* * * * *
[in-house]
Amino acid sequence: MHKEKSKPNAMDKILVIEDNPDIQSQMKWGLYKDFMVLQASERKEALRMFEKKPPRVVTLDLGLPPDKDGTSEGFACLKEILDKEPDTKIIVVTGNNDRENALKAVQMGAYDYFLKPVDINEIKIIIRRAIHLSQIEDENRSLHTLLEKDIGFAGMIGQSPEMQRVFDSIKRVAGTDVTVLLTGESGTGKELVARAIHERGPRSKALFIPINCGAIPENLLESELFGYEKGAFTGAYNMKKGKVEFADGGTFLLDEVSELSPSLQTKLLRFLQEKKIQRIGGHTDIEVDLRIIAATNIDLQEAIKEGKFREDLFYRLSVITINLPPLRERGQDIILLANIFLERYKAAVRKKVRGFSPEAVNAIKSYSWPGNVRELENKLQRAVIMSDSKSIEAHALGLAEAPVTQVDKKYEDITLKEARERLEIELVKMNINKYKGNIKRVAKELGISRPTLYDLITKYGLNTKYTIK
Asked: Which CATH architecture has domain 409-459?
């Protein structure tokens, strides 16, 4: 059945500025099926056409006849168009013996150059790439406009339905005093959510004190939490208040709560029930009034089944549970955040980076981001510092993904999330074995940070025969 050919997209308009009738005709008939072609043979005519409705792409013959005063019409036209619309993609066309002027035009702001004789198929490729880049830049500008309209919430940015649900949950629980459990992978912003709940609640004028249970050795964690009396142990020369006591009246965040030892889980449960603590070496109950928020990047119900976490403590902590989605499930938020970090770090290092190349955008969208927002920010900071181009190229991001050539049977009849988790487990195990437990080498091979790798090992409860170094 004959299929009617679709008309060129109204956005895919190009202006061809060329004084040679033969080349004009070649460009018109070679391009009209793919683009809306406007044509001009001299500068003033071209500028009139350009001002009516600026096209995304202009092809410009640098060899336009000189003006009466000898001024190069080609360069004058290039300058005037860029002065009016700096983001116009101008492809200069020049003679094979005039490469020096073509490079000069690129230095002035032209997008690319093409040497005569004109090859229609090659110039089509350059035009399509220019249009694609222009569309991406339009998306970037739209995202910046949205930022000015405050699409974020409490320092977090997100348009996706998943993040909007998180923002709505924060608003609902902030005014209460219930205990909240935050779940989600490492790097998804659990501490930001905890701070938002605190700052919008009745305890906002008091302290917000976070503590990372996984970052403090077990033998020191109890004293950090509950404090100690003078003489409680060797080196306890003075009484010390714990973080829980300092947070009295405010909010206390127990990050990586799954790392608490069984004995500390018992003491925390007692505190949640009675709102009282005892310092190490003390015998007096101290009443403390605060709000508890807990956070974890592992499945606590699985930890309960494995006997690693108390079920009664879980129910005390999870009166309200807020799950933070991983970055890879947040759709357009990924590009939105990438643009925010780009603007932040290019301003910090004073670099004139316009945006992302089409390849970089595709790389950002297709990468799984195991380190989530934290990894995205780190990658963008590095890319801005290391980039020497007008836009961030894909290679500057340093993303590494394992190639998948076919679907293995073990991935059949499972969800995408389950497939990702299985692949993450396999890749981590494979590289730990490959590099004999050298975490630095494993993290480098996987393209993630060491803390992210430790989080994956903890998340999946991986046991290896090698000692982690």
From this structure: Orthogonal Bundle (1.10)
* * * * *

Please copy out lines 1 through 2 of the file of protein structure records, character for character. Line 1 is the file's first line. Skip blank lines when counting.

[in-house]
Amino acid sequence: MHKEKSKPNAMDKILVIEDNPDIQSQMKWGLYKDFMVLQASERKEALRMFEKKPPRVVTLDLGLPPDKDGTSEGFACLKEILDKEPDTKIIVVTGNNDRENALKAVQMGAYDYFLKPVDINEIKIIIRRAIHLSQIEDENRSLHTLLEKDIGFAGMIGQSPEMQRVFDSIKRVAGTDVTVLLTGESGTGKELVARAIHERGPRSKALFIPINCGAIPENLLESELFGYEKGAFTGAYNMKKGKVEFADGGTFLLDEVSELSPSLQTKLLRFLQEKKIQRIGGHTDIEVDLRIIAATNIDLQEAIKEGKFREDLFYRLSVITINLPPLRERGQDIILLANIFLERYKAAVRKKVRGFSPEAVNAIKSYSWPGNVRELENKLQRAVIMSDSKSIEAHALGLAEAPVTQVDKKYEDITLKEARERLEIELVKMNINKYKGNIKRVAKELGISRPTLYDLITKYGLNTKYTIK